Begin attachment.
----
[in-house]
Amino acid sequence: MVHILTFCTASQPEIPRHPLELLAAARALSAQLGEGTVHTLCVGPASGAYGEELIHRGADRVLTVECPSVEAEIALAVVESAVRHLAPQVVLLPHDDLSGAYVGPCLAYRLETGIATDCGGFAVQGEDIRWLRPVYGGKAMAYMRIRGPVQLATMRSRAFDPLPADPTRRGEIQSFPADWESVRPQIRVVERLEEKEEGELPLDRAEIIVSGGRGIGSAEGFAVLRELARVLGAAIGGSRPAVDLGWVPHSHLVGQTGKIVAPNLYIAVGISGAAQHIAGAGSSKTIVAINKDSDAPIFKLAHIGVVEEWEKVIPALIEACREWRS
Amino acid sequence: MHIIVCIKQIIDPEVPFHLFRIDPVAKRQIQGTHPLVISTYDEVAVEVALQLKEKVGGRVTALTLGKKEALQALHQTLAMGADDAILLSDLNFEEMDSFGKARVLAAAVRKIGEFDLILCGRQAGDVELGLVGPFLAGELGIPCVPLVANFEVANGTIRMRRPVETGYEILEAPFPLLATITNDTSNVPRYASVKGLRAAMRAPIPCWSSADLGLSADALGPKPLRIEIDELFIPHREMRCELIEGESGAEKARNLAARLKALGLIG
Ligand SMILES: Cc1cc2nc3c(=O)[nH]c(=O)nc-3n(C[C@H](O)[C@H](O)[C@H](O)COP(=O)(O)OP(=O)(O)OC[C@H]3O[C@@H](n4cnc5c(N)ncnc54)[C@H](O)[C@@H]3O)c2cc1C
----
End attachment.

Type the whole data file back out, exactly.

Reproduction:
[in-house]
Amino acid sequence: MVHILTFCTASQPEIPRHPLELLAAARALSAQLGEGTVHTLCVGPASGAYGEELIHRGADRVLTVECPSVEAEIALAVVESAVRHLAPQVVLLPHDDLSGAYVGPCLAYRLETGIATDCGGFAVQGEDIRWLRPVYGGKAMAYMRIRGPVQLATMRSRAFDPLPADPTRRGEIQSFPADWESVRPQIRVVERLEEKEEGELPLDRAEIIVSGGRGIGSAEGFAVLRELARVLGAAIGGSRPAVDLGWVPHSHLVGQTGKIVAPNLYIAVGISGAAQHIAGAGSSKTIVAINKDSDAPIFKLAHIGVVEEWEKVIPALIEACREWRS
Amino acid sequence: MHIIVCIKQIIDPEVPFHLFRIDPVAKRQIQGTHPLVISTYDEVAVEVALQLKEKVGGRVTALTLGKKEALQALHQTLAMGADDAILLSDLNFEEMDSFGKARVLAAAVRKIGEFDLILCGRQAGDVELGLVGPFLAGELGIPCVPLVANFEVANGTIRMRRPVETGYEILEAPFPLLATITNDTSNVPRYASVKGLRAAMRAPIPCWSSADLGLSADALGPKPLRIEIDELFIPHREMRCELIEGESGAEKARNLAARLKALGLIG
Ligand SMILES: Cc1cc2nc3c(=O)[nH]c(=O)nc-3n(C[C@H](O)[C@H](O)[C@H](O)COP(=O)(O)OP(=O)(O)OC[C@H]3O[C@@H](n4cnc5c(N)ncnc54)[C@H](O)[C@@H]3O)c2cc1C